Set aside the hideous title, disregard the typical Straubian narrative clutter. Back and forth they travel, these Tims and Toms, through yet another vicious parody of Milwaukee in blatant imitation of Ross MacDonald’s Lew Archer, an ancient but never completely outgrown enthusiasm of our author. Detective fiction routinely embraces outright absurdity, so we do not object that a present-day murderer has chosen to repeat the rituals of a serial killer of long ago; that our Tims and Toms solve the old murders in process of investigating the new ones has a pleasing generic familiarity. Less acceptable but still okay is the digression into the career of Jeffrey Dahmer inspired by Peter’s affection for this creature. (In silence, I pass over the remarks in which he virtually took “credit” for the invention of Dahmer and his misdeeds.) False endings are cute, so, fine, I guess THE THROAT’s three false endings represents a tour de force of cuteness.
But…. Please…. If I may be so bold…. might go so far as to state the all-too obvious….
No humble, artless, thick-fingered, genre-bound, two-books-a-year crime-writing pit pony, a type of writer heartily disdained by Mr. Straub, would dream of so betraying both story and reader as to leave his most interesting villain deposited invisibly in the past, where he may never be seen by the reader! And no professional “hack,” to which dismissive category I am sure my starry-eyed friend assigns a good many of his colleagues, would make the fatal error of separating the first appearances of the second-most interesting villain from his final unmasking by such a great wad of pages that the average or even above-average reader cannot possibly remember the fellow.
Take a deep breath. Hold it for a count of ten. As you exhale, clear your mind of preconceptions and opinions concerning Mr. Straub and his work. Then, in the non-judgmental space you have entered, contemplate the perversity of recasting the weakest, most self-indulgent and self-consciously “literary” of Raymond Chandler’s novels, THE LONG GOOD-BYE, as a Gnostic meditation upon detective fiction. Then, taking your life in your hands, imagine trying simultaneously to incorporate into the result of this process the Vietnam/trauma/grief/extremity themes from KOKO and the “Hardy Boy” protagonist of MYSTERY once called upon to represent them, “intertextual” references to KOKO and MYSTERY as well as to texts written by several of the novel’s characters, among them a former Colonel of the Quartermaster Corps thrown in for no other reason than to parody Straub’s conception of the military prose style, a sub-theme devoted to an utterly idealized and a mythical jazz musician addicted to cocaine, a second sub-theme concerning the “Nabi” painter Paul Ranson and, it pains me to add, yet more references to undigested portions of the author’s autobiography. Finally, as if that were not enough, try to imagine doing all of this under the aegis of that evil dark star, Straub’s most fatal influence, Vladimir Nabokov.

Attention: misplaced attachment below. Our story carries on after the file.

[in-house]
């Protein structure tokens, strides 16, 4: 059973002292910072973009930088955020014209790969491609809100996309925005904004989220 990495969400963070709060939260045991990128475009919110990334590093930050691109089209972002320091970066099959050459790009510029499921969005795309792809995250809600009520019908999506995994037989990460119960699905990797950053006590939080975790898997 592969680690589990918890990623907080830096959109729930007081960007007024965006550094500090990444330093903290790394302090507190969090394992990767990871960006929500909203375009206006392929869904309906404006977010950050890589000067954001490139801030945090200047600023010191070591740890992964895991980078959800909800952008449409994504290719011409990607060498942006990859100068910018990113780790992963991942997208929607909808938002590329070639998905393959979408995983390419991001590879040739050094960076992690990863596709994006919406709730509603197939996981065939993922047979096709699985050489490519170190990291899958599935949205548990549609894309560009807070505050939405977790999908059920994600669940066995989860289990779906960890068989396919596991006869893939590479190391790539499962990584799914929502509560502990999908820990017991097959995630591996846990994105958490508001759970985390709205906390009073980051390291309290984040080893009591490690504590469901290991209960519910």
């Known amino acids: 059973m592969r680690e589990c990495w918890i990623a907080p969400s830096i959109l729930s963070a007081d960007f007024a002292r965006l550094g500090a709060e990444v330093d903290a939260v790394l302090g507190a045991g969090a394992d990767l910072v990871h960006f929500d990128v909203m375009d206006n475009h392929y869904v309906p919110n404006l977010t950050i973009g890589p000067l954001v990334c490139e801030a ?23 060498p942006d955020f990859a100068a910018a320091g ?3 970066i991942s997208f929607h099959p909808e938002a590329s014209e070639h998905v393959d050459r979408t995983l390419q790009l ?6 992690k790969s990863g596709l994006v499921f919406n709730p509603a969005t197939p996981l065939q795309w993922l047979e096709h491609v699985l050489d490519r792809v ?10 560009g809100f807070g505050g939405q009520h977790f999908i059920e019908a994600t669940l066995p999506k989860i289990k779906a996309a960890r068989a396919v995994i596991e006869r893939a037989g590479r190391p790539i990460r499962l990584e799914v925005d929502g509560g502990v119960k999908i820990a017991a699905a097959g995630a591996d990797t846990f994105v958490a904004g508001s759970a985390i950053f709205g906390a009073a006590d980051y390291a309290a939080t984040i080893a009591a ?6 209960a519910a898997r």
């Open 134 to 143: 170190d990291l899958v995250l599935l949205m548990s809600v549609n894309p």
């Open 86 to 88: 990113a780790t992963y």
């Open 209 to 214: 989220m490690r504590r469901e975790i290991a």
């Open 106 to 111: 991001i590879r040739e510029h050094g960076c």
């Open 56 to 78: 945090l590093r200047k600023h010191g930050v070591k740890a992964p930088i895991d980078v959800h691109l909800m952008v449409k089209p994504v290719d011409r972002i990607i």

Disheartened, I sum up: a labored, exhausted effort at an exhaustive….
No, I give up, I surrender. This is a book I could not manage to read all the way through without frequent naps, vacations, and health-giving interludes spent in the company of writers clever enough to have less, in this sense meaning more, on their minds. I detect signs of extensive cutting, but the resulting moment-to-moment clarity of style serves only to heighten the reader’s steadily intensifying unhappiness.
Putney Tyson Ridge